It's a mess. Victims everywhere you look. People slumped at their computers, networks unraveling, browsers hijacked, disappearing e-mail. Your job: Analyze the scene, solve the crime.
1. Does that strange blue glow from one computer screen mean anything? But first we have to figure out what to call it.
[Clue: The computer is not a Mac.]
2. Probably just a blue herring. Let's look at one of the bodies and it's not going to be pretty. What will we call the thoughts of the network administrator that have been strewn all over the carpet?
[Clue: You do one of these when you need to pass on everything you know about something.]
3. Aha! This programmer's body is riddled with spaghetti code. Could it be that he was assaulted by a . . . ?
[Clue: They don't make programs more popular than this kind. This kind will really slay you.]
4. And suppose the program got fed up with this programmer and turned the tables on him? Hmmm. That could mean that this programmer was doing some . . . ?
[Clue: If you're trying to fix a program, you may want to try several approaches at once to see if one of them works.]
5. But wait! There! On the carpet as big as anything! Probably about size 12-D, we'd say.
[Clue: Robinson Crusoe found one of these that Friday had left behind. The one he found had toes, though.]
6. Possibly it's time for scientific tools. Let's recreate everything with drawings and move them around using . . . (darn it, we forget what we call this; can you help?)
[Clue: Two words, we remember that. The first word means "science used in law" and the second means "the process of making things look alive." I mean how helpful can we get? We just can't remember it ourself or is it ourselves?]
7. One of the computers in this room is still alive, it looks like. In fact, it looks suspiciously like Suspect #1 because it happens to be a . . . ?
[Clue: These servers are relatively thin and a bit cutting-edge. The answer is not Ockham's razor, by the way.]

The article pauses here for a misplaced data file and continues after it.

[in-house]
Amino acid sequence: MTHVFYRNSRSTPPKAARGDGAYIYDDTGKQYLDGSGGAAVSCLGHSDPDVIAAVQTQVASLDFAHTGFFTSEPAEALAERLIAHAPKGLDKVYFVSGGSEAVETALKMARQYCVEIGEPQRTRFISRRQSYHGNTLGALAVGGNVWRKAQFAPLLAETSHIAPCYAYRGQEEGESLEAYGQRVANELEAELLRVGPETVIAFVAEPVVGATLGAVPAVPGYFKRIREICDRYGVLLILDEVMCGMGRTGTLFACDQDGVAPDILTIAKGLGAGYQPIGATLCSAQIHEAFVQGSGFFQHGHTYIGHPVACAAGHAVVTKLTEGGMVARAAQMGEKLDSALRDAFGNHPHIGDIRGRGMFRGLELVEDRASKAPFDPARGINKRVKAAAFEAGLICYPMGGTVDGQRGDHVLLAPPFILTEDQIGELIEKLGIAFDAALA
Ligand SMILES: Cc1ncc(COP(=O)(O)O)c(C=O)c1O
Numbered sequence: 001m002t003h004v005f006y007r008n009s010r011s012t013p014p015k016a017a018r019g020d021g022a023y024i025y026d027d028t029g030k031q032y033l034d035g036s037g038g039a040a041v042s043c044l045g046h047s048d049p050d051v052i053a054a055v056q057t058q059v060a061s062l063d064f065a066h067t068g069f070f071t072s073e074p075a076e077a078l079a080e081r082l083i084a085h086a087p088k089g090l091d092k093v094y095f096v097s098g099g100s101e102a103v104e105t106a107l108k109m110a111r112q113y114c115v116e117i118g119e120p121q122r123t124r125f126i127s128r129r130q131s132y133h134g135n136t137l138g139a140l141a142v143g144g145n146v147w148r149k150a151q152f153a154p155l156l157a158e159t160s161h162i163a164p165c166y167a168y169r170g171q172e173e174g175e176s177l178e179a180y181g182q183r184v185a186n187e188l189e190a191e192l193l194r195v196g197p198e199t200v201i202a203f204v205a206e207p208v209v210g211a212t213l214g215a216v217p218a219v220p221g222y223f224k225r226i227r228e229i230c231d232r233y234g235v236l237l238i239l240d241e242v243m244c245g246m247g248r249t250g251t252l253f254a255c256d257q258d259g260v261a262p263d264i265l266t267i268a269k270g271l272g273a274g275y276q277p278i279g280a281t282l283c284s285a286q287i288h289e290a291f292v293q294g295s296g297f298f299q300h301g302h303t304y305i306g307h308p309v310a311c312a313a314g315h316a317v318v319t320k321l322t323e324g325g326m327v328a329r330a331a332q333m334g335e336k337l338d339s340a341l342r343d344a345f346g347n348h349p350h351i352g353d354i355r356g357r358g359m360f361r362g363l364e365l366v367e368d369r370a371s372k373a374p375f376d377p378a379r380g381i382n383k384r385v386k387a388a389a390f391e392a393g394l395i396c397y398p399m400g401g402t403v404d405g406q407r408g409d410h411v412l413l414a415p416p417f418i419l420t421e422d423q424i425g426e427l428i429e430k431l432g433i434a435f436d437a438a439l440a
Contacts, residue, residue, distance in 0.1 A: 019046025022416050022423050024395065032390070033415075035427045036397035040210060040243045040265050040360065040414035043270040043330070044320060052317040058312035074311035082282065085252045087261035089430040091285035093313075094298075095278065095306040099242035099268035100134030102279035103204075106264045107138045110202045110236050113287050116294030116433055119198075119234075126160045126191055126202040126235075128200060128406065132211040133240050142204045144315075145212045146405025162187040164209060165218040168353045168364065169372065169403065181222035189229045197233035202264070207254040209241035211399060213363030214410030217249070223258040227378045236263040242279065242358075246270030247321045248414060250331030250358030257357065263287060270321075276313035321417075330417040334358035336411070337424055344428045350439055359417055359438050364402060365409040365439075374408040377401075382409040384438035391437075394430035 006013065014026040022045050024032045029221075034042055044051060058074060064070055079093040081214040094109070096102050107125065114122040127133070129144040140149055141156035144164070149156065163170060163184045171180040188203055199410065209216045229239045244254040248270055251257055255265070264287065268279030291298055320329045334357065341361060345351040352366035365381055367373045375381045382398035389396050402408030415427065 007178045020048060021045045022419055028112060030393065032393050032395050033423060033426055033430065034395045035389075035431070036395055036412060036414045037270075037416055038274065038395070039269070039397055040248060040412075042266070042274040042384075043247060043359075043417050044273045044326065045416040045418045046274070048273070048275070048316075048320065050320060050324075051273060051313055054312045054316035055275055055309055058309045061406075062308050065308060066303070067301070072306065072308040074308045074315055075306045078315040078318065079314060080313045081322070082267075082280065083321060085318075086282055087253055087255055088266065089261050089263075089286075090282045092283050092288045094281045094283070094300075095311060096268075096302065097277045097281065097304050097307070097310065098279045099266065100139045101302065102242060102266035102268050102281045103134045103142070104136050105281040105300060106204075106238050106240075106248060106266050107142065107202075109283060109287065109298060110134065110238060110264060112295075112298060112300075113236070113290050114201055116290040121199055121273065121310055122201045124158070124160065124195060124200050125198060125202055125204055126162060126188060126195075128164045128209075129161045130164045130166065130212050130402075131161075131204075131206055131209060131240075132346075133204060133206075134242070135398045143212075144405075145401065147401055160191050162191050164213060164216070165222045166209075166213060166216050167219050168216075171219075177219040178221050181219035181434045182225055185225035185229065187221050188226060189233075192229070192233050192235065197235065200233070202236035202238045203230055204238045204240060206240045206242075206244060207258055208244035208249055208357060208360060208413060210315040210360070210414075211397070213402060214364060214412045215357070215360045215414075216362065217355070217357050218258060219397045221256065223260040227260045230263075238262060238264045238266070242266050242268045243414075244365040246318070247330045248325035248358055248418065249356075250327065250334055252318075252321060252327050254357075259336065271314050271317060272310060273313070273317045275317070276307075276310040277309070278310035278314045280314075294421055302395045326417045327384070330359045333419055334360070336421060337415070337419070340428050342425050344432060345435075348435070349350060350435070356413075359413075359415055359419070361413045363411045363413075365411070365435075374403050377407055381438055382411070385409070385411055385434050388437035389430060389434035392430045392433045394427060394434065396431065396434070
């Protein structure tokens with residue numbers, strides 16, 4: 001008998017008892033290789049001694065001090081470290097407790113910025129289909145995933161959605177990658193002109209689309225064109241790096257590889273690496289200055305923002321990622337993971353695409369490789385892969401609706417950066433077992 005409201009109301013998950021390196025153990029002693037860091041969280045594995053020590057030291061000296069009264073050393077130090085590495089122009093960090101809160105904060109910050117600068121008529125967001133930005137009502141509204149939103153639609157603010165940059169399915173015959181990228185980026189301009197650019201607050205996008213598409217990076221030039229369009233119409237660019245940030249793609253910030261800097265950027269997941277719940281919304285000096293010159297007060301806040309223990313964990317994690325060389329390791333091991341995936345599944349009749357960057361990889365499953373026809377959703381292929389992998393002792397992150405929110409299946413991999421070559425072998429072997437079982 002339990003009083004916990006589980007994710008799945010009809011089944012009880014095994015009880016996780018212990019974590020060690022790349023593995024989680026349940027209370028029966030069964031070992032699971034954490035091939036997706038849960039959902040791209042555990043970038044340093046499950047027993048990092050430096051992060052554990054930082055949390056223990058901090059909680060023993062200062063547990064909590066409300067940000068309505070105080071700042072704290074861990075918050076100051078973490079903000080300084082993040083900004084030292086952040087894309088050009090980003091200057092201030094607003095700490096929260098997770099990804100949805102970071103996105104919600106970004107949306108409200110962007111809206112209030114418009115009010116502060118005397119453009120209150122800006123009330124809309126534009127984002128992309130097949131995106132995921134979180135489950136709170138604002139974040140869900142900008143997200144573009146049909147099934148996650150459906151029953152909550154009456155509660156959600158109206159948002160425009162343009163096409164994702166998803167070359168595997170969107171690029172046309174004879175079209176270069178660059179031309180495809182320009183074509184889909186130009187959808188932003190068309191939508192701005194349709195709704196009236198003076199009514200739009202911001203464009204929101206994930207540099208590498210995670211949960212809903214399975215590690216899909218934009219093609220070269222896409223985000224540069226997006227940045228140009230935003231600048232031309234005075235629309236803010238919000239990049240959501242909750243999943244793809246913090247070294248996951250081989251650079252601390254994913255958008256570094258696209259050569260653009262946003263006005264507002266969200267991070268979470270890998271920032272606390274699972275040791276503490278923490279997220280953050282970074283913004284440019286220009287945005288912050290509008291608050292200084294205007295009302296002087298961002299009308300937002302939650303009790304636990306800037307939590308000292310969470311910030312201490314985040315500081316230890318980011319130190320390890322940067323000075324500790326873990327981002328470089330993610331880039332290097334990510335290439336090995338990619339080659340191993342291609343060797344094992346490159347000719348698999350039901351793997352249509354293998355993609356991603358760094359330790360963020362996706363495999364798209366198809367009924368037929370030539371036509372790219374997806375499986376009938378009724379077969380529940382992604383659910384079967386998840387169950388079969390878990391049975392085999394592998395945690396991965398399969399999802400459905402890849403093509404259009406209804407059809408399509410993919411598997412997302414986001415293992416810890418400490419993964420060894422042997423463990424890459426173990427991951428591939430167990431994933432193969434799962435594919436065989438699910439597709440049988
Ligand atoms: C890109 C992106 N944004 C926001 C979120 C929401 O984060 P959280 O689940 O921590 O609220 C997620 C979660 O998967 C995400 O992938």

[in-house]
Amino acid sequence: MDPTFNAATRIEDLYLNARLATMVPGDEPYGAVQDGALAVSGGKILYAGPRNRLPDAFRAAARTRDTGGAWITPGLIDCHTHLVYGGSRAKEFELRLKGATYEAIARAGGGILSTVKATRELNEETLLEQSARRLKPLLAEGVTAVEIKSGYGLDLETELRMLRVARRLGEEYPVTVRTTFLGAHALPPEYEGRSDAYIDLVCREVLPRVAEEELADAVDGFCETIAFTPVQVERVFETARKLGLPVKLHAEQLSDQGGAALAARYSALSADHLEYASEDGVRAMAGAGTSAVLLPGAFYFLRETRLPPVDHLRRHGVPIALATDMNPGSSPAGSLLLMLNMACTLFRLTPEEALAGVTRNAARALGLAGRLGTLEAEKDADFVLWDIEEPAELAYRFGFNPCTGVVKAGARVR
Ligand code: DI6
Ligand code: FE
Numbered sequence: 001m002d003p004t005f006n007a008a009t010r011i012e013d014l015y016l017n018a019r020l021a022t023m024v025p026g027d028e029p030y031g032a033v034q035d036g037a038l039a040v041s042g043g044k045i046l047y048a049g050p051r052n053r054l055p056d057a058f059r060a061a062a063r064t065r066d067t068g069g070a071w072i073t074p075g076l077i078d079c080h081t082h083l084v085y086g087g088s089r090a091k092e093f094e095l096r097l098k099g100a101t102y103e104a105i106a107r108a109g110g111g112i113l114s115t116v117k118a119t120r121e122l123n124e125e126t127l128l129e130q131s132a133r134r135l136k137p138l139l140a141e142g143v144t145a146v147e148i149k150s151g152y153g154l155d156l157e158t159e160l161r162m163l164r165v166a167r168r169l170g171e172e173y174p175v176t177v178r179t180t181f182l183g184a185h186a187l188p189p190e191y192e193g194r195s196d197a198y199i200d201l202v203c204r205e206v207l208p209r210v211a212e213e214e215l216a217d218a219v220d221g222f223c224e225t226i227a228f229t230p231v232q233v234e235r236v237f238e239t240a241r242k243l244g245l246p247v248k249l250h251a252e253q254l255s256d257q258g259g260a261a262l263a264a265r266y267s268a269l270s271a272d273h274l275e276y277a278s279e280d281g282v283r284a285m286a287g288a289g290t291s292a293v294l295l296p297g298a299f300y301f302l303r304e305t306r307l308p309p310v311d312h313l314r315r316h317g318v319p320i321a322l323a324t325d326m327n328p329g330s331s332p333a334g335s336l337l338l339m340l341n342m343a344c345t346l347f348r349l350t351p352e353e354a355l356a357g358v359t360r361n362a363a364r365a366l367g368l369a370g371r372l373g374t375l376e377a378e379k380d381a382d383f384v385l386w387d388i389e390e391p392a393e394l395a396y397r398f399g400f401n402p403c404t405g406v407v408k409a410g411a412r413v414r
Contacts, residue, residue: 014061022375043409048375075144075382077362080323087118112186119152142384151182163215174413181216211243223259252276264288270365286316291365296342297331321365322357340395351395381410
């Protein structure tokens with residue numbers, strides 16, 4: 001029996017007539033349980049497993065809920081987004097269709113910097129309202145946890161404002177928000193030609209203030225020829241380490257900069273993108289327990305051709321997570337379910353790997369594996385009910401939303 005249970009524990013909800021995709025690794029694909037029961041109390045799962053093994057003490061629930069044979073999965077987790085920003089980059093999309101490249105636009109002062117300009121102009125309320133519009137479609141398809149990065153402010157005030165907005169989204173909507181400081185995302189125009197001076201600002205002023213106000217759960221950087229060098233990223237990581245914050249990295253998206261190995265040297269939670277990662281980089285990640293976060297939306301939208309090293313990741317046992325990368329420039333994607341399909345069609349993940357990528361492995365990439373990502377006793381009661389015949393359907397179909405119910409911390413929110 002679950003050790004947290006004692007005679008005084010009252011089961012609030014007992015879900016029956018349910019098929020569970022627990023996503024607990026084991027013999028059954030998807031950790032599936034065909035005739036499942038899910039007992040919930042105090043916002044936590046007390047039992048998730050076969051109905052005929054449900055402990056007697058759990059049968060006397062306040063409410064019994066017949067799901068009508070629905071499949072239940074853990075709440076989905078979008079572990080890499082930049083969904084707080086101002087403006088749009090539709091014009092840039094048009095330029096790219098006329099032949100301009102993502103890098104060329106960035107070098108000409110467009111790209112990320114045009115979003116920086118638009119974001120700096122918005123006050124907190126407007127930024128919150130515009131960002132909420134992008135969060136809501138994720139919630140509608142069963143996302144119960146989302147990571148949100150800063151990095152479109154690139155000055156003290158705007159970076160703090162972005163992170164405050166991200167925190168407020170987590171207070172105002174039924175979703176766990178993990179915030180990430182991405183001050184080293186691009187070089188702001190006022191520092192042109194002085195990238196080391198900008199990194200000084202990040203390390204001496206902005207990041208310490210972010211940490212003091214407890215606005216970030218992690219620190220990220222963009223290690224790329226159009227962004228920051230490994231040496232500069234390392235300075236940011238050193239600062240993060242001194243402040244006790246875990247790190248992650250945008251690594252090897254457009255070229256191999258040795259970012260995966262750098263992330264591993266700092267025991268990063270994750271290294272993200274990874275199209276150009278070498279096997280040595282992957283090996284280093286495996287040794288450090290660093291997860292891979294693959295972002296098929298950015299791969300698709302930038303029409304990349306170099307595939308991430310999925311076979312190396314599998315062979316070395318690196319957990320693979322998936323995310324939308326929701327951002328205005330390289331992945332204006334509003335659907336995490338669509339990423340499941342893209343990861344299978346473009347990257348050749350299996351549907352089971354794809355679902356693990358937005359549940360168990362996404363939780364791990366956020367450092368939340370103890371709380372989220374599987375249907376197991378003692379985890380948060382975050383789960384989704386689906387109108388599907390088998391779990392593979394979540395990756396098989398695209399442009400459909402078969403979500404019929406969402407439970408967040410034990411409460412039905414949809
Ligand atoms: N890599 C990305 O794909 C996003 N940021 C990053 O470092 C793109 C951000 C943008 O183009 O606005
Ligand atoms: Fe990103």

8. However, as we all know, it's never going to be Suspect #1. And besides we just noticed a page of the calendar has been torn off the wall and Victim #3 is holding it clutched in her hand. On the page someone has scrawled with photonic ink the words "Black Tuesday." Which someone on our crime scene investigation team just happens to recall is known as . . . ?
[Clue: It's the day in the month that Microsoft comes out with all its "fixes."]
9. Cancel the investigation. Someone just came in and said that they did it. They didn't give us their last name but we know what it is. Their first name was "Jack" and middle initial "T." We doubt that you'll be able to figure out his last name.
[Clue: This program is used to burn music files to a CD.)]
10. Although we did get lucky this time, we nevertheless believe in using all the tools at our command, including that of our crime-fighting brains. Time and again, we learned it's the only way to come up with an . . . ?
[Clue: Hercules Poirot often comes up with this kind of solution. That's why we always dress up on the job.]
Did You Make Our Crime Team?
This was really a test to see whether you deserve to join our IT Crime Team, solving crime wherever it exists in cyberspace. If you got all 10 answers correct or even, say, 8 or 9 of them, we'll consider you for Monday night's program. If you got 5 to 7 right, maybe one of the other nights. Fewer than 5, we think you need to go back to your local IT crime-fighting school but that doesn't mean you can't come back later for our next quiz.
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'Quiz: Who Done IT? A Murder Mystery' is part of the:
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